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Why So Crazy? On Youth Sports Parents Behaving Badly

mother wonders are participation medals a good idea

(Flickr – barretthall)

Every teenager — ok, who am I kidding — everyone, no matter the age, finds their parents a little, shall I say, “out there” at times.

Do we still love them despite these moments of total kookiness? Without question.

What we may not realize as student-athletes is the rare breed of kookiness our parents and guardians actually are: the sport parent.

Yes; as soccer, softball, baseball, and football players, gymnasts, runners, swimmers, and every athlete in-between, more likely than not, you have a crazy sports parent living in your home.

Okay, now let’s get clear on something – when I say “crazy sports parent”, I don’t mean the Mom or Dad yelling with arms flailing up-and-down the sideline, although there seems to be a whole trove of youth sports parents behaving badly articles on various reddit boards and Buzzfeed lists of the Internet.

I don’t mean the Mom or Dad threatening the ref or calling the coach every night.

I mean the “crazy sports parent” that lies in every sports parent – the unassuming wacko every sport parent can take credit for, whether or not they ever realized it.

You may be saying to yourself, “My Mom’s not crazy!” – or “Wait…so I’m crazy for simply supporting my athlete in the sport of their choosing?”

My response is – yes, yes you are. How so? I love these 5 telltale signs Scary Mommy Amy Hunter has up on her blog, like how expensive sports (and sports injuries!) are, or how much time you spend helping your child get to and from practice and competitions. Or this hysterical bit:

The People

“The fastest way to expose someone’s inner lunatic is to criticize their kid. Even if the criticism is correct, even if the criticism is in the form of a judge or a paid official, some people just can’t handle the truth. I have witnessed, firsthand, grown men fighting with teenage referees; adults getting into fistfights on the sidelines where police involvement becomes necessary; even an entire group of parents heckling a 10-year-old goalie to the point of tears. I’m proud that these aren’t people I associate with, but they are out there. These parents are spoken of as the unicorn of sports parents, a mythical beast that only exists in the occasional viral video, but they are far more common than that. Being a sports parent means you drink the Kool-Aid, but those people are the ones who spike it with poison.”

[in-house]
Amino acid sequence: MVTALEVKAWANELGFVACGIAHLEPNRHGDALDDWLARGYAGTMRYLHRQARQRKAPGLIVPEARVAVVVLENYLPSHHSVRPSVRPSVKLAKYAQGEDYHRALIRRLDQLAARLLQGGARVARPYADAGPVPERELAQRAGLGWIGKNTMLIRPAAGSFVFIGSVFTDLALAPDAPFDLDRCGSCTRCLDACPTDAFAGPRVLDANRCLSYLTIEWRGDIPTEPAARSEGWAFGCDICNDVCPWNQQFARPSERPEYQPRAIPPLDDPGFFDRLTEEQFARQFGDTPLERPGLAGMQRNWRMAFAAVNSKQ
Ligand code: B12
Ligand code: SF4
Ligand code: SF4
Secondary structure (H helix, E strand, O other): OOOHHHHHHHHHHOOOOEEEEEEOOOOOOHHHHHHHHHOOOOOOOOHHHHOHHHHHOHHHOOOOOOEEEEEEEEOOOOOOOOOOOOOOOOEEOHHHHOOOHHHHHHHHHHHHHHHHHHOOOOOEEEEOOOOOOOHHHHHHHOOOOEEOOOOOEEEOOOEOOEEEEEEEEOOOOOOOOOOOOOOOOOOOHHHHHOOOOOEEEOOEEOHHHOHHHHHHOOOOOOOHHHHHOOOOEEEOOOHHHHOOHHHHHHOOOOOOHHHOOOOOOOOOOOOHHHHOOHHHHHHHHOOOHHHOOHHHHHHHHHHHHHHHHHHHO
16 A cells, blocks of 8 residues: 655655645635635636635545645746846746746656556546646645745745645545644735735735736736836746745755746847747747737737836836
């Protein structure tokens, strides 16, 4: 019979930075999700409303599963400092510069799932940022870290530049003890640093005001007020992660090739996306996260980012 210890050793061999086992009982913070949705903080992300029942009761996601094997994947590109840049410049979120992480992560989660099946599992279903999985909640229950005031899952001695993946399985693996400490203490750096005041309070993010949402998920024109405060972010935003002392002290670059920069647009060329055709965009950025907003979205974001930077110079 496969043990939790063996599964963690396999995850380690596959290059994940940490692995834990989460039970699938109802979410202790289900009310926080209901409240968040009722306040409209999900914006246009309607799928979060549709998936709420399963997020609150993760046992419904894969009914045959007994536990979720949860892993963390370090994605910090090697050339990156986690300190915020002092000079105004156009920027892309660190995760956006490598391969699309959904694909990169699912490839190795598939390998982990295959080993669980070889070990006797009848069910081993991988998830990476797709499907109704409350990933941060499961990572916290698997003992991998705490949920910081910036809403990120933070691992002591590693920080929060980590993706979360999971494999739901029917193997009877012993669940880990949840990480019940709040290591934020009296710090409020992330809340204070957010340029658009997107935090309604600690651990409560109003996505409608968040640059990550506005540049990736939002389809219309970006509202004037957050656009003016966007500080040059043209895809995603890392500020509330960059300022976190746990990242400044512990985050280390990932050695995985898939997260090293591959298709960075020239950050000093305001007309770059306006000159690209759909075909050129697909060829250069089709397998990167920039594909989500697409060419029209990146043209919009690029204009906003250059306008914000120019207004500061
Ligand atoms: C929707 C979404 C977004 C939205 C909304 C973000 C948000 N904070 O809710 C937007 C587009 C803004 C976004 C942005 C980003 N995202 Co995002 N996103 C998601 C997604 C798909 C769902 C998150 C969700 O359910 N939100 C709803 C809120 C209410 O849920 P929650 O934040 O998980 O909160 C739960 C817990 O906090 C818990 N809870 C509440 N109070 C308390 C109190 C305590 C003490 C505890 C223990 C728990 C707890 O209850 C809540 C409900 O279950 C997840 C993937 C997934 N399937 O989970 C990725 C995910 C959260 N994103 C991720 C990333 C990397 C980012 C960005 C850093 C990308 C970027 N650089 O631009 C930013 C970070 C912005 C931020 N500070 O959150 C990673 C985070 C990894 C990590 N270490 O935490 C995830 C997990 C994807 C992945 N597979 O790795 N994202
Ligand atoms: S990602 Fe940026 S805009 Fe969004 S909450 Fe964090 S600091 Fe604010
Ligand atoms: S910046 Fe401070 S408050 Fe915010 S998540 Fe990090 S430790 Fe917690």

But of course, it all becomes worth it.

When you see your child in their first huddle, it’s worth it.

When you see the life lessons they’re learning make them better siblings, friends and people, it’s worth it.

When you see the joy they get as they pursue that next PR, that next shot on goal, that next step toward playing in college, it’s worth it.

We get it. Most of us are crazy sports parents, too. We’d love to talk to you about helping your child play their sport in college.

About the author
Laura Chmiel

Laura Chmiel is a marketing coordinator and a lead writer for NCSA Athletic Recruiting. As someone with a passion for athletics and education, she graduated from Indiana university with a B.S. in Elementary Education. After school, she gained first-hand experience helping student-athletes and their families get to college.